The Orlando Innamorato in English translation, Book I, Canto V, Stanzas 61-83
“My only son, a tender youth, and I
Came walking by not sithence many hours.
But of the giant, not a trace we spied,
For he, God damn him, hid within the tower,
Then snatched my son before my very eyes,
And bore him off. I fear he’s been devoured,
And now, sir knight, thou knowest all my woe.
I beg thee that thou wilt no further go!”
Orlando thinks a moment, then replies,
“I will go further on, let come what may.”
“Then God have mercy!” the old palmer cries,
“Thou oughtest not to throw thy life away.
Believe me, I am telling thee no lies,
Thou shalt behold that giant with dismay.
To see his size, his fierceness, and his might
Will make thee tremble, thou though art a knight.”
Orlando smiled and besought the man
To stay and wait for him a little space
And if he didn’t shortly some again,
Then not to mourn for him, but go his ways.
The palmer to the knight an hour grants,
Who to the crimson clifftop set his face.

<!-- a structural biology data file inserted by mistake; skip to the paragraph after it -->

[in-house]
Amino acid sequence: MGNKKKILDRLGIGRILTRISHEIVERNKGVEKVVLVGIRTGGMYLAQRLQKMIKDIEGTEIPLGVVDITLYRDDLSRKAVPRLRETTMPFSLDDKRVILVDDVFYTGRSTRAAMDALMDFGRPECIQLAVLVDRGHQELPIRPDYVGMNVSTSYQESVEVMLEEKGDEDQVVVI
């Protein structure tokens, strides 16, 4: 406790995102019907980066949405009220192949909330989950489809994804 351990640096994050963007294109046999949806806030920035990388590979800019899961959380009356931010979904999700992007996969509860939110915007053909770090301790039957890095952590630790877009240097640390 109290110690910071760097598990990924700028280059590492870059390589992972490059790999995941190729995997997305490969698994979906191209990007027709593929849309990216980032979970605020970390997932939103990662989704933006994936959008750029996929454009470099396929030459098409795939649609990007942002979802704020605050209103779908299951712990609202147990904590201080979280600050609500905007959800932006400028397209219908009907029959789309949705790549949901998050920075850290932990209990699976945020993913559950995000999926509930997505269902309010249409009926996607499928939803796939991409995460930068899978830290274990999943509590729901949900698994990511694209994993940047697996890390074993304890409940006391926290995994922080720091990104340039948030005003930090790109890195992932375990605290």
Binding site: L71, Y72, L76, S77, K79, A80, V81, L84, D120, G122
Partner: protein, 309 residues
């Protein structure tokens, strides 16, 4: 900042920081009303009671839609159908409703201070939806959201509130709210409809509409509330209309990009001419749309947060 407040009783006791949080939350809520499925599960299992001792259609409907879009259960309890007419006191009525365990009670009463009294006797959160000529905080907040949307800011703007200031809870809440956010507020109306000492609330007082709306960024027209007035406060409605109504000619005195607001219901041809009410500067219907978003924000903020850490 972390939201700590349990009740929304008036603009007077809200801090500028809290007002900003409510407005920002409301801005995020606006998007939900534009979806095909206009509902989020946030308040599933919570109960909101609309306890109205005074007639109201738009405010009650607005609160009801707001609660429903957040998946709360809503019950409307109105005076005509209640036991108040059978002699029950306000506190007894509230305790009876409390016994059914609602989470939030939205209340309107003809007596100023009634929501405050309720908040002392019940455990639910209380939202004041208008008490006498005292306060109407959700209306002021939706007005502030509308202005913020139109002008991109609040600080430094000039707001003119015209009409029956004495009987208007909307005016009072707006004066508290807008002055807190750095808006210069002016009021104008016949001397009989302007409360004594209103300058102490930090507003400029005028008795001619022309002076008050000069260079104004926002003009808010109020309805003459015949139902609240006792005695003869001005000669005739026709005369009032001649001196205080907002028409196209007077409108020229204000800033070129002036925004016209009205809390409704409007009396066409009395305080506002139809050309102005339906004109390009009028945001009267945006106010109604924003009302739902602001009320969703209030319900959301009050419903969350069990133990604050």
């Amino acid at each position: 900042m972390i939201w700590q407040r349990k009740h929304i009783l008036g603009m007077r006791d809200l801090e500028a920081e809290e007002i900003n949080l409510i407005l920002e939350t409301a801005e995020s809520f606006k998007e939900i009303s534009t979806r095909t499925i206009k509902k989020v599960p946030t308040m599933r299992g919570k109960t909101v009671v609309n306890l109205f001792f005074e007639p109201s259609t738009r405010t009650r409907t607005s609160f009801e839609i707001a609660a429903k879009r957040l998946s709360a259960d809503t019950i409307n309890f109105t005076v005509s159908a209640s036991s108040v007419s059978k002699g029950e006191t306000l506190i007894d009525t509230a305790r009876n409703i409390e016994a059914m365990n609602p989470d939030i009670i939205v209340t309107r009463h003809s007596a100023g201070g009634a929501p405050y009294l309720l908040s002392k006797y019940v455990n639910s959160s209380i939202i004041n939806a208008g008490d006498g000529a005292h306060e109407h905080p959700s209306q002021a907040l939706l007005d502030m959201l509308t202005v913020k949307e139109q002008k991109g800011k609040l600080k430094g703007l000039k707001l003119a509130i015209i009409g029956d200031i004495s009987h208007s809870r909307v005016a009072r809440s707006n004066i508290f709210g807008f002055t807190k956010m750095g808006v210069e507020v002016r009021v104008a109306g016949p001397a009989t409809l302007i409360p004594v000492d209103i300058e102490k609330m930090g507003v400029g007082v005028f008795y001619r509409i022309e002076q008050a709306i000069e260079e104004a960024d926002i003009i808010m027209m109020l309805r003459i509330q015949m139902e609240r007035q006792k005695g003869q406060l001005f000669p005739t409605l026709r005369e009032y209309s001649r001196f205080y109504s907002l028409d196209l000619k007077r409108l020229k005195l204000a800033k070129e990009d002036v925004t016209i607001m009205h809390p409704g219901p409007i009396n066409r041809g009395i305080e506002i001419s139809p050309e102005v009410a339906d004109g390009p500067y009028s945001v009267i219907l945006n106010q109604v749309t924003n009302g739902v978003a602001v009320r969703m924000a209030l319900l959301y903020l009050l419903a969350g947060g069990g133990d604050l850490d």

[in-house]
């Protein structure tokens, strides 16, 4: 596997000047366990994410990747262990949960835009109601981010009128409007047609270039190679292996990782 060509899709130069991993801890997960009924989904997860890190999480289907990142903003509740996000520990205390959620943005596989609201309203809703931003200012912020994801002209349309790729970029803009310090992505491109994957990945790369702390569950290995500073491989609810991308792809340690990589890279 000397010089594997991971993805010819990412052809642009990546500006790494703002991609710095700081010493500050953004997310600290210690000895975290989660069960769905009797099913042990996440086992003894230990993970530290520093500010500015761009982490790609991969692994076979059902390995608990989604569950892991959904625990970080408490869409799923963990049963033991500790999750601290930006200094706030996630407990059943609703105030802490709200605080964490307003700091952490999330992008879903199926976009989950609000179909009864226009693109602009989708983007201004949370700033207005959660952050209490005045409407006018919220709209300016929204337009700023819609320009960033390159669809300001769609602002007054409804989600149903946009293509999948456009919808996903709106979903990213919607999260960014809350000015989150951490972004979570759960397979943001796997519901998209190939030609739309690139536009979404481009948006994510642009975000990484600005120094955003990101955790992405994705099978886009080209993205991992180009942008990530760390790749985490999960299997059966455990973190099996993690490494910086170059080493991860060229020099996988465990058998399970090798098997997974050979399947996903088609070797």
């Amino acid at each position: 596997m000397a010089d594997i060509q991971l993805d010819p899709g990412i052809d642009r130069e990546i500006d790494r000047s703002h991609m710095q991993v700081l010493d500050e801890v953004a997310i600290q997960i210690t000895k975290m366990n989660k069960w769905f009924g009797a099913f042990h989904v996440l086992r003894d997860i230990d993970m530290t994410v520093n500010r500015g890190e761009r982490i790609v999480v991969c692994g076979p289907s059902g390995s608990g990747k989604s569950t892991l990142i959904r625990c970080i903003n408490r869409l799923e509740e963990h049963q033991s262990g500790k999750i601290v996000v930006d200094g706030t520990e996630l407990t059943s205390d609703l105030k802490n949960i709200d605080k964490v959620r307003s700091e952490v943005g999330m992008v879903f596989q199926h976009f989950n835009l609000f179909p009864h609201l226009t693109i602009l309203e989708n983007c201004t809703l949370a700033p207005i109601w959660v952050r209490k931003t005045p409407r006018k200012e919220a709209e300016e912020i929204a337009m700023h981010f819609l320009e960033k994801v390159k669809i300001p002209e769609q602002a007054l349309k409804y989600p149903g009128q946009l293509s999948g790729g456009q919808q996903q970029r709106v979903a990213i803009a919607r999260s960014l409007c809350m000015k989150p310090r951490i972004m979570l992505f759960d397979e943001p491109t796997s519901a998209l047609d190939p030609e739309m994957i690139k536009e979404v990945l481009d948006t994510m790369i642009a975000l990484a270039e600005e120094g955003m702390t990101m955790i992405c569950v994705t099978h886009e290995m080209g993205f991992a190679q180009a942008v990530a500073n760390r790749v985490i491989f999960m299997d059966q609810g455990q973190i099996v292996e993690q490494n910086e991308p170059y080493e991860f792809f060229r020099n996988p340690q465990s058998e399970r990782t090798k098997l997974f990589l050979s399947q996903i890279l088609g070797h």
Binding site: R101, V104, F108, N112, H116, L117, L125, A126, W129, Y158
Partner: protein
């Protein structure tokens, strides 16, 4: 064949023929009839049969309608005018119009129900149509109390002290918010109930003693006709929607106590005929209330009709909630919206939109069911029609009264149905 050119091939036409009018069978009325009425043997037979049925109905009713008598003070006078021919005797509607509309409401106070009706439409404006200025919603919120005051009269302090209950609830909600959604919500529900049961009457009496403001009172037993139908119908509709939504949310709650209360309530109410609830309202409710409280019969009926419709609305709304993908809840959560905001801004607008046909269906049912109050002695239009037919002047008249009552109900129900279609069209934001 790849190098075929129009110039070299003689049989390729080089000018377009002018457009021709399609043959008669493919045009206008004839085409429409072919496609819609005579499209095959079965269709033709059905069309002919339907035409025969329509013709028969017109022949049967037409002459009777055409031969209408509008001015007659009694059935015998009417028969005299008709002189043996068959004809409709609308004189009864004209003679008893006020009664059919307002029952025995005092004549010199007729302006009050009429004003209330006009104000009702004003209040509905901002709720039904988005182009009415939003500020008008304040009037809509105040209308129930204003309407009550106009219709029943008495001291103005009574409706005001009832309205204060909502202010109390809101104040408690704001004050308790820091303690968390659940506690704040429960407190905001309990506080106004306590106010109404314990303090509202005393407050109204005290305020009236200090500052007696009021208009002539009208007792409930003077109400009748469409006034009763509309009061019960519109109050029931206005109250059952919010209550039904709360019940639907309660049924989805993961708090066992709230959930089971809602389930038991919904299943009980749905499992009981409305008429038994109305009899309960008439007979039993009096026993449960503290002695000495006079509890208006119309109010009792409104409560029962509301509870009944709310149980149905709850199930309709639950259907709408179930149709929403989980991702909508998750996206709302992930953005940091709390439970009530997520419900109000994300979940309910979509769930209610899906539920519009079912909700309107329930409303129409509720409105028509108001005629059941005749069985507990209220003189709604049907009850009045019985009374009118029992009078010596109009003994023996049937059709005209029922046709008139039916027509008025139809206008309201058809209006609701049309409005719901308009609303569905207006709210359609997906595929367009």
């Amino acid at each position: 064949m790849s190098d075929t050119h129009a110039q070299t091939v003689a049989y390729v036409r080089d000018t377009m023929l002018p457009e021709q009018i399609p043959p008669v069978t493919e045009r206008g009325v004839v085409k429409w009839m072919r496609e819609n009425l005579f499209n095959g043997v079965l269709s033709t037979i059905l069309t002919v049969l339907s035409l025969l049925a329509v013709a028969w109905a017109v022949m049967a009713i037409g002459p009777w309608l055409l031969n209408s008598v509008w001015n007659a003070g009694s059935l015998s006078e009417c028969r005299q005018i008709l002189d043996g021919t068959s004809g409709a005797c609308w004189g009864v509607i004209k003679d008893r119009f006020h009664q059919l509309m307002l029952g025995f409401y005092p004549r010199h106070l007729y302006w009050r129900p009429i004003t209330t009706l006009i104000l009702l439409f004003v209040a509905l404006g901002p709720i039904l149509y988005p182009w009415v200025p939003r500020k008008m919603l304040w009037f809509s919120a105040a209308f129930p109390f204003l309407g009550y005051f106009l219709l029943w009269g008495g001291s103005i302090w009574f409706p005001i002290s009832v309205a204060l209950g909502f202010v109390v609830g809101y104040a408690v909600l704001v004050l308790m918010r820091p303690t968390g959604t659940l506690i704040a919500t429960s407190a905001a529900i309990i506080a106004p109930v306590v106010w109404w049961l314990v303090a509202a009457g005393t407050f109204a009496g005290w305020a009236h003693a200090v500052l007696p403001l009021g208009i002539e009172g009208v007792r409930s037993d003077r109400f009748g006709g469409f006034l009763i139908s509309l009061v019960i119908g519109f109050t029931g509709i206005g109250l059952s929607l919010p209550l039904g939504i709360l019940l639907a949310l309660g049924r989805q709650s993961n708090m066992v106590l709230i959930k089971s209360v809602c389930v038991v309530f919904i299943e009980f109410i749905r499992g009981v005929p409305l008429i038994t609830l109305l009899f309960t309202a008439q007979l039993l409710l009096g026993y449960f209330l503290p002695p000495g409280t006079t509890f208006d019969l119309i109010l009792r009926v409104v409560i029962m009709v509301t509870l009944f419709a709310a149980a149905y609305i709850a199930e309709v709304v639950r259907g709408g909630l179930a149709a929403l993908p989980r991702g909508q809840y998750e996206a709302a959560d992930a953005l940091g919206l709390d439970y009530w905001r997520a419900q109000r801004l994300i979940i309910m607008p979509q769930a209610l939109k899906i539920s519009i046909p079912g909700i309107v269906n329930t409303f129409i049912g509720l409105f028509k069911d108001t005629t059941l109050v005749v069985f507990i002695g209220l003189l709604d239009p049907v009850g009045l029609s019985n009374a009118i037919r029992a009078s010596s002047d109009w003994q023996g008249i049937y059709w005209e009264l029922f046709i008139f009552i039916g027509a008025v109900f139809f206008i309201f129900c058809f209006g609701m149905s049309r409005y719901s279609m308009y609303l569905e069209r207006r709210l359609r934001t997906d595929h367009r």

When that the giant sees him come, he saith,
“O worthy baron, do not seek thy death.
The monarch of Circassia placed me here,
And ordered me to let none pass beyond,
Because, atop this cliff so wild and drear,
A monster dwells, who of men’s flesh is fond.
Whene’er a traveller in her sight appears,
To aught he asks she’ll truthfully respond,
But with a riddle of her own she’ll meet him,
And if he says amiss then she will eat him.”
Orlando next inquires of the lad.
The giant won’t return the palmer’s son.
They speak awhile, then they wax half-mad,
And soon a battle have the two begun.
This one a sword, that one a great mace had.
I shan’t recount their blows all one by one,
But Count Orlando so adroitly wielded
His sword and shield, that soon the giant yielded.
Thus the Count saved the young man from his plight,
And thus the grieving father he consoled,
Who drew out something wrapped in samite white,
Which he had hidden in his garments’ fold.
Then he displayed a little book to sight,